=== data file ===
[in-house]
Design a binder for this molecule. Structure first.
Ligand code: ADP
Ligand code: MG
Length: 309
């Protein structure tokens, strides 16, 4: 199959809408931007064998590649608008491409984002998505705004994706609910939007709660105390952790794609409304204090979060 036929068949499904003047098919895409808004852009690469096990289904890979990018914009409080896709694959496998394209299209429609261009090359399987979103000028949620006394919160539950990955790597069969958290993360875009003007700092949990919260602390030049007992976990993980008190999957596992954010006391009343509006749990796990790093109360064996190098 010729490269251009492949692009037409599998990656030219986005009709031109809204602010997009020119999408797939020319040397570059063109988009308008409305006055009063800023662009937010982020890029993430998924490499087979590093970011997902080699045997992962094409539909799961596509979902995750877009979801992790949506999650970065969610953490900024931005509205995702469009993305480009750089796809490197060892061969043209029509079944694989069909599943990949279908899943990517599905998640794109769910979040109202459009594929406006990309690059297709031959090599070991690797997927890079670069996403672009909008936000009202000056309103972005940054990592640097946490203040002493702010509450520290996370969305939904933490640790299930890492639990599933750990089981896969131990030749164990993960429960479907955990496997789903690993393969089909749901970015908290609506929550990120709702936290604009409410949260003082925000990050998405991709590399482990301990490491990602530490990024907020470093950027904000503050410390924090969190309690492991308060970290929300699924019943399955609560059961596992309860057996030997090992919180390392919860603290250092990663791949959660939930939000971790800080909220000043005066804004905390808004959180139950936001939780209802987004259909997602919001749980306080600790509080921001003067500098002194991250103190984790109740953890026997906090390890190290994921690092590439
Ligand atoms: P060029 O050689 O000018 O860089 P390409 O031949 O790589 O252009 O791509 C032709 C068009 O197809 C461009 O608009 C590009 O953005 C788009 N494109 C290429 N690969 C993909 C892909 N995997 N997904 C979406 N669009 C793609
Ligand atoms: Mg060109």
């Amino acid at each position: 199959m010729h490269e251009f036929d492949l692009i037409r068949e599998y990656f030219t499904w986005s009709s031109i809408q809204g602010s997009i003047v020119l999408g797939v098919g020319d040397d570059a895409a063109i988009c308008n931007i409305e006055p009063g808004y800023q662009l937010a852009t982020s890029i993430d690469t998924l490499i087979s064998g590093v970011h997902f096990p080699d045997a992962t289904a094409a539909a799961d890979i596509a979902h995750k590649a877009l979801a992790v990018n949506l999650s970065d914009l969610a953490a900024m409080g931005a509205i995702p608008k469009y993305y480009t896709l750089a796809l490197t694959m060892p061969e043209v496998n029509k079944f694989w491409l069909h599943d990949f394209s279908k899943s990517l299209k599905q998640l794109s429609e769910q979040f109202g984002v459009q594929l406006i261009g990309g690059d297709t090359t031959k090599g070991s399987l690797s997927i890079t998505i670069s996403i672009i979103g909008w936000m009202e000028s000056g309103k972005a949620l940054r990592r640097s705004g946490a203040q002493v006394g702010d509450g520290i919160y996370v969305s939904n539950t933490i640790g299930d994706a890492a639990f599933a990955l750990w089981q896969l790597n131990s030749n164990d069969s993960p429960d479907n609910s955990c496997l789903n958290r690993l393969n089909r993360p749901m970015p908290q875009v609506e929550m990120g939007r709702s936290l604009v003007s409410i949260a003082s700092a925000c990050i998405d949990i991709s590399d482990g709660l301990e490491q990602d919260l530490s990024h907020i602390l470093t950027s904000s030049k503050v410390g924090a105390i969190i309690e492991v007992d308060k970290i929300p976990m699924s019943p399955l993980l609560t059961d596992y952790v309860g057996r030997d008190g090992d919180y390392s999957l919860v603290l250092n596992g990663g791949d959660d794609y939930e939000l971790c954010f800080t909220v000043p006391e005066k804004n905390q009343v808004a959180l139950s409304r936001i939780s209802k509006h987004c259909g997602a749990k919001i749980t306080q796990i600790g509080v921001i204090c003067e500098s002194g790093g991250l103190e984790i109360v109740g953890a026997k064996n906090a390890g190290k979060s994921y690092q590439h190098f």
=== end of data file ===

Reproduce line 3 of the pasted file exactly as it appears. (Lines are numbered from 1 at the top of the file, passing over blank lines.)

Ligand code: ADP